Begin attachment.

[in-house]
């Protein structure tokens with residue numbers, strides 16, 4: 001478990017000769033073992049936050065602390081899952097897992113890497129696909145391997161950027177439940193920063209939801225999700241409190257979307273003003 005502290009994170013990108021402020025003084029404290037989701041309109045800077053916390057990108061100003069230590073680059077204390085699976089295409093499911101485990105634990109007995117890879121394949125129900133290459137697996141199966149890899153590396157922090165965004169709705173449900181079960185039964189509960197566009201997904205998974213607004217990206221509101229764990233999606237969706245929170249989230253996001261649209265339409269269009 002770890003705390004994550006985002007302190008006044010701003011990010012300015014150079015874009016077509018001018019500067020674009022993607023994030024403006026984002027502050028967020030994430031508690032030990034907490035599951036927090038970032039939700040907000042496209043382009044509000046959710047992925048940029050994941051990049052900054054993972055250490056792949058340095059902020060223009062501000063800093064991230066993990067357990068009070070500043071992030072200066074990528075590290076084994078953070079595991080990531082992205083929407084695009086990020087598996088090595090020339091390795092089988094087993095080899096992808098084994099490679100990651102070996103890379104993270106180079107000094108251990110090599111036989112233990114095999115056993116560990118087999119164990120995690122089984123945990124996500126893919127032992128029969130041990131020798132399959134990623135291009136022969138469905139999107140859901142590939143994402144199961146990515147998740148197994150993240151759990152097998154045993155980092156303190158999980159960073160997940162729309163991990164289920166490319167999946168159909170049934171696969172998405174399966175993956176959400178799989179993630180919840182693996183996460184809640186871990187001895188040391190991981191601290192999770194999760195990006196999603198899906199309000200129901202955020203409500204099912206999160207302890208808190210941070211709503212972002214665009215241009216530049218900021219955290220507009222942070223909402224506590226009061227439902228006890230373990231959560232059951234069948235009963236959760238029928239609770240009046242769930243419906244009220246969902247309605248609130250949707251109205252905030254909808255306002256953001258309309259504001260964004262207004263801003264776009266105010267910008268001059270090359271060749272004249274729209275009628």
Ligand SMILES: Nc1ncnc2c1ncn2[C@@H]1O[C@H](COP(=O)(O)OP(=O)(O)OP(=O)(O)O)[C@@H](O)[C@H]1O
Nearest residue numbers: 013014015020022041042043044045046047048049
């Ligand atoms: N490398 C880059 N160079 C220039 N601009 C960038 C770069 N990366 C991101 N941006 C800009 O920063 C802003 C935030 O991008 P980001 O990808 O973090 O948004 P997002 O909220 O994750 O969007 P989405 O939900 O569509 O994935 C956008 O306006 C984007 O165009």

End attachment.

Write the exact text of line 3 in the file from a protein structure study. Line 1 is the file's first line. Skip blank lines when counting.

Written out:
Ligand SMILES: Nc1ncnc2c1ncn2[C@@H]1O[C@H](COP(=O)(O)OP(=O)(O)OP(=O)(O)O)[C@@H](O)[C@H]1O